6502 Topics, Tools and Applications


"computer techniques and methods"


This section contains links to a variety of computer science topics, methods algorithms and software for the ubiquitous 6502 microprocessor. Much of the material is unique or not readily available elsewhere.


The contents of the navigation subsections are:


The Naked 6502 Microprocessor

(image courtesy of http://microscopy.fsu.edu, used by permission)

The 6502 represented a major step forward in the microcomputer revolution. Many programmers, hackers, hobbyists and experimenters cut their binary and hex teeth on this device (myself included).

On this web site, you will find some unique support for the 6502. Among the files are a simulator/trainer which runs on Windows '95 and up. It is loosely based on the KIM-1. In the tools section there is a full-featured assembler and a source generator.


One of the earliest of the high quality floating point math packages available to the microcomputer community was called KIMath. The KIMath subroutine package, developed by MOS Technology for the KIM-1, was published with a complete manual and assembler source code. I have ported the manual to machine readable form, including the source code, and made all the files available here. John Cooper generously provided a pure ASCII port of the manual which is also included. The package contains a version of KIMath which is in a format readable by the assembler available elsewhere on this web site, and a version  in Intel hex format. The assembler file can be easily edited to work with any other 6502 assembler. A recently discovered photocopy of the original manual was scanned into PDF format and is now included.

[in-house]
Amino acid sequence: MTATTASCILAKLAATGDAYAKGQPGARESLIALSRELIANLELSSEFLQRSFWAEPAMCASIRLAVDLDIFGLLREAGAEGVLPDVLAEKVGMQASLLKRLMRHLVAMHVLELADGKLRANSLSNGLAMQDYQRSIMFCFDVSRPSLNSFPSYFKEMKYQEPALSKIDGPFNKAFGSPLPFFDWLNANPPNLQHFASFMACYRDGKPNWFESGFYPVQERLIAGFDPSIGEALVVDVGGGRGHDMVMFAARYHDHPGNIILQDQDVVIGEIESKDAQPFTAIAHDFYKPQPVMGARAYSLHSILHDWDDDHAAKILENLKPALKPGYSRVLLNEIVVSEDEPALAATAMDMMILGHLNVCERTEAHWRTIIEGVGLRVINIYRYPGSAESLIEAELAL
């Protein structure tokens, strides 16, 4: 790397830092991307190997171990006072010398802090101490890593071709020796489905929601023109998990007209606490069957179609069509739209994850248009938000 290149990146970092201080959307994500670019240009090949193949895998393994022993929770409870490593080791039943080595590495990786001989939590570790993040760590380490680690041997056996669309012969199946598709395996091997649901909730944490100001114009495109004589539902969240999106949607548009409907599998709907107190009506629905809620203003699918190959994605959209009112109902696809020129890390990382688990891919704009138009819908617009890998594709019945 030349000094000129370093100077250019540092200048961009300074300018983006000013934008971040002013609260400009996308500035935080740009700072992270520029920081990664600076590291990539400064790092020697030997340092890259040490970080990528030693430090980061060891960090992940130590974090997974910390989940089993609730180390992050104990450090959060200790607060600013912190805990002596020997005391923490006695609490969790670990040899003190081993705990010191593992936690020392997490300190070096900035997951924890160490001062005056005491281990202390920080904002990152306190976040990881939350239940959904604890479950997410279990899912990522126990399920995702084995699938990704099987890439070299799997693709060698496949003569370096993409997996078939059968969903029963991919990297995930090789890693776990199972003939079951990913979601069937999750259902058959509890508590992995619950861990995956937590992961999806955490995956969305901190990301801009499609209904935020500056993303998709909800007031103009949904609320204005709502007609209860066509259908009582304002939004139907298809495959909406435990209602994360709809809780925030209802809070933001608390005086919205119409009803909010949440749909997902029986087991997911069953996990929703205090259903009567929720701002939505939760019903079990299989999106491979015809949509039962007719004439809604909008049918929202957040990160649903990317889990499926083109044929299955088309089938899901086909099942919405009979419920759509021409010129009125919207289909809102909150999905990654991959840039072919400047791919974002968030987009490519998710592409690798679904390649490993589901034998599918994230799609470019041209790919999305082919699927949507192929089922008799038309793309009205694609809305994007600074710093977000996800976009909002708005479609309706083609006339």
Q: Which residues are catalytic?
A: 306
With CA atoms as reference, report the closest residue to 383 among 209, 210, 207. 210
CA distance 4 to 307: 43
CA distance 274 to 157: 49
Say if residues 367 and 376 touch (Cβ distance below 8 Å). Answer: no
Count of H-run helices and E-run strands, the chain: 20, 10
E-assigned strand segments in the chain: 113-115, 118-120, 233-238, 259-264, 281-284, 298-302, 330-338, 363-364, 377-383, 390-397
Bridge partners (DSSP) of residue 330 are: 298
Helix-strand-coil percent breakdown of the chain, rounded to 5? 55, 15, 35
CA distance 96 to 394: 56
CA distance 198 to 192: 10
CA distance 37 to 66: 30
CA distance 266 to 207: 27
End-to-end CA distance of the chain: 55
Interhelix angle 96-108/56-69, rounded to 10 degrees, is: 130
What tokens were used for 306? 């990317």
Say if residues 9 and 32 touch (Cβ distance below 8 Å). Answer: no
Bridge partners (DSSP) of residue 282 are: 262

Soft6502: 6502 Simulator

This is a 6502 simulator which resembles the early 6502 single board computers such as the KIM-1, but implemented in software and  providing additional features made possible by the Windows operating system. 


The simulator files, including a Windows help system and demonstration programs, can be downloaded here. This program is well-suited to training novices in assembler language programming and in 'resurrecting' 6502 software from the past. The simulator supports the complete 6502 instruction set and both binary and decimal operating modes. It does not support external interrupts.

H6X File Format

The simulator and the software tools use a special file format with a file extender of 'h6x'. This format is intended to provide a simple representation of 6502 code in an ASCII environment for easy editing. For example,

0200 A9 23
0202 8D 01 80
0205 00

is a fragment from a file named 'test.h6x'. Each line begins with an address in hex format and one or more bytes of hex data separated by spaces. The example above is the 6502 code for loading the accumulator with 23 (hex) and storing that value in memory location 8001 (hex). A break instruction completes the fragment.

BASIC Programmer's Toolkit

An early firmware extender for the Commodore PET 2001 computer. This is a reconstruction of the source code. Although the product is no longer manufactured, this project was undertaken for its educational and historic value.

I have recently reconstructed a source code version of Palo Alto ICs BASIC Programmer's Toolkit. This BASIC extender was one of the first firmware accessories for the PET and the first to use the BASIC 'wedge' technique for extending the capabilities of the resident BASIC.

The Toolkit adds the following commands:

The reconstructed source code can be downloaded here. This version is optimized for assembly with the cbA65 assembler. An assembled listing may facilitate porting the source to another assembler.

Programmer's Tools

This page provides access to several programmer's tools including a full-featured 65xx assembler and a handy source generator with manuals.

Assembler and Source Generator